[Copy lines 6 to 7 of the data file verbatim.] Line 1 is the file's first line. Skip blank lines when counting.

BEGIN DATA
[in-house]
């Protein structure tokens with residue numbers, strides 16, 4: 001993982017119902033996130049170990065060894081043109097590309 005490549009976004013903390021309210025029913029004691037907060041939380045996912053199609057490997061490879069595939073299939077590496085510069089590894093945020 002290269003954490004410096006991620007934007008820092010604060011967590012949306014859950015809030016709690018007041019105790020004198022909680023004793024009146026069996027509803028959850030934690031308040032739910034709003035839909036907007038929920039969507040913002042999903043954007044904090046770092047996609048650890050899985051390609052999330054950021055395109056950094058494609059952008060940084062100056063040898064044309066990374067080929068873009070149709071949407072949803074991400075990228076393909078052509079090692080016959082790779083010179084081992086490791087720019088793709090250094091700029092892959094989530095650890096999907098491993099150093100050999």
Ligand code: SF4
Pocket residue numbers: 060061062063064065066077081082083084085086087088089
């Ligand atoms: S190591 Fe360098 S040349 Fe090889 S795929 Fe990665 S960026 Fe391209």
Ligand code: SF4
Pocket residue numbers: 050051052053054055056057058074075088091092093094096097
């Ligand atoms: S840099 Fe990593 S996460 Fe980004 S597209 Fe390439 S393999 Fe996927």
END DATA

Ligand code: SF4
Pocket residue numbers: 050051052053054055056057058074075088091092093094096097